Five Things You Know After Five Years of Marriage

As the Cambridges celebrate their fifth wedding anniversary, Kate Faithfull-Williams reveals what she has learnt so far

The Duke and Duchess of Cambridge with their families at Princess Charlotte's christening. Picture / Supplied.

Five years ago, on a hugely anticipated April weekend, the country watched Kate and William get married. The next day I, Kate, took Mr Williams to be my lawfully wedded husband. Our wedding day involved less fanfare (unless you count the roar of 120 people mainlining prosecco), but there are spooky similarities between us and the royal couple.

My husband John-Rhys and I met in our first year of university, while Kate met her William in halls at St Andrews, forging common ground with a boy of a completely different social class. “I can’t believe I have a girlfriend who hasn’t paid for her education,” said my own future husband, for whom a private education was just what one did. None the less, I found him charming, especially because my Prince of Wales is actually Welsh.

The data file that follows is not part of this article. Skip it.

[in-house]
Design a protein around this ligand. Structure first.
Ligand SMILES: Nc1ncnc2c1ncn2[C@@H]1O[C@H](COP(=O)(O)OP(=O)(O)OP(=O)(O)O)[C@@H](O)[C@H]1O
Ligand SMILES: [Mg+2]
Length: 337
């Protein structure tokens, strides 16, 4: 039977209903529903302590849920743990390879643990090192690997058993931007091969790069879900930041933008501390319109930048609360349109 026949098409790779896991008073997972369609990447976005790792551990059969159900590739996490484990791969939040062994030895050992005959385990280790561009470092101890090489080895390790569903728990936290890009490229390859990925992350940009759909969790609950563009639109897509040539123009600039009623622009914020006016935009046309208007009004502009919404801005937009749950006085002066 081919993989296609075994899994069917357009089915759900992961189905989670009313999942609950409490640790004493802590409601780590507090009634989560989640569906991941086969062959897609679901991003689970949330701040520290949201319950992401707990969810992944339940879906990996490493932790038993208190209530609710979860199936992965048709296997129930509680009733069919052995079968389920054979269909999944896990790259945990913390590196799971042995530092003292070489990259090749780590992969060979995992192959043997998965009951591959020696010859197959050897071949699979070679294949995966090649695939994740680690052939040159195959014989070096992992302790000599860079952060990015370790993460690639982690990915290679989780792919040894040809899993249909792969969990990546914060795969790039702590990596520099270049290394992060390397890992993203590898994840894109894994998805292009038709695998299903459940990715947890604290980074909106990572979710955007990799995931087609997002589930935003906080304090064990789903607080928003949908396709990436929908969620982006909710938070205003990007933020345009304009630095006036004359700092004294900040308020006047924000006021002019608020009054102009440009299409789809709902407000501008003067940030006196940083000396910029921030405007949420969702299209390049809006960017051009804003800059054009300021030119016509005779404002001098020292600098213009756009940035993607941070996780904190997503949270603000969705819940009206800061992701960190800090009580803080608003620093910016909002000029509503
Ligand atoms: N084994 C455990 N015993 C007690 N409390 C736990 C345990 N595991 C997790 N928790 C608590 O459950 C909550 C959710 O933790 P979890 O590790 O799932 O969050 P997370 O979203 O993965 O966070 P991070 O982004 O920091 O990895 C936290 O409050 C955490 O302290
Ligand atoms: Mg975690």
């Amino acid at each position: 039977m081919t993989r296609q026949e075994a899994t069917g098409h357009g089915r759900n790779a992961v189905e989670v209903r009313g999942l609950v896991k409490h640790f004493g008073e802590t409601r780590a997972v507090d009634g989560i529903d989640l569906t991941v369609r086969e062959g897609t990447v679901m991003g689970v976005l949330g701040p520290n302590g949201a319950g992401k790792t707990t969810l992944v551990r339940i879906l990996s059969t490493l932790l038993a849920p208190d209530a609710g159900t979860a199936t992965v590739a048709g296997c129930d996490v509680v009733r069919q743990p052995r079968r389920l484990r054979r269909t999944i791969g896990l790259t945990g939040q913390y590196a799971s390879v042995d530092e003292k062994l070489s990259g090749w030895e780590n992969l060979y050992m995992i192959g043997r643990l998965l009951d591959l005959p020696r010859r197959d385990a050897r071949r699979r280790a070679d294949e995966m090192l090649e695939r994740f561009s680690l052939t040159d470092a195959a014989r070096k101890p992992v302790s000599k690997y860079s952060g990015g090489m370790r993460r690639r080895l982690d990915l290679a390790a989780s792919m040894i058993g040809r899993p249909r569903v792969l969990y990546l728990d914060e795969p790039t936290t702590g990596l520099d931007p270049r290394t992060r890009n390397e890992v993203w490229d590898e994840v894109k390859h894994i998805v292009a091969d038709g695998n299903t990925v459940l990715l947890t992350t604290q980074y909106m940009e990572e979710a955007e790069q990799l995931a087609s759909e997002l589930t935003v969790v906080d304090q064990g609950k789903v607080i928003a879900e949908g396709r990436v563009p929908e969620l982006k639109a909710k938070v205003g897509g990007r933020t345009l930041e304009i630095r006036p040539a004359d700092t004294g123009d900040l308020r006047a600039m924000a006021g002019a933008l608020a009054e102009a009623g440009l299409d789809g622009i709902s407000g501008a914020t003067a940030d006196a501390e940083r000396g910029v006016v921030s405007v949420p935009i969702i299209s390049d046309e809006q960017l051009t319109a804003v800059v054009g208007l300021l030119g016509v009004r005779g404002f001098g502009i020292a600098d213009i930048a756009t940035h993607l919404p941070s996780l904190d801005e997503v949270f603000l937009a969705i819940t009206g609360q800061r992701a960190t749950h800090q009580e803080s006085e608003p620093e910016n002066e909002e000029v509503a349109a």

A few years after graduating, freaked out by a twentysomething’s fear of the future, Mr Williams and I broke up. Right on cue, Kate and Wills did, too. You may have noticed Kate’s hemlines, and possibly her cocktail consumption, went up during those months. Yep, mine too.

READ: How Kate Middleton Avoided More Diana Comparisons

It doesn’t take many nights at Mahiki to make you realise your relationship is worth saving. In 2007, the four of us got back together. Two years on, my Prince of Wales proposed, and we carefully chose April 30 2011 as our wedding date, because it wouldn’t clash with the Six Nations or any other national event. Kate Middleton, meanwhile, became known as “Waity Katie”. Six months before our big day, Kate showed us her sapphire sparkler and William announced they’d be getting married the day before us. I shed a tear watching the royal nuptials on TV, then took up the wedding baton and ran off to decorate our marquee.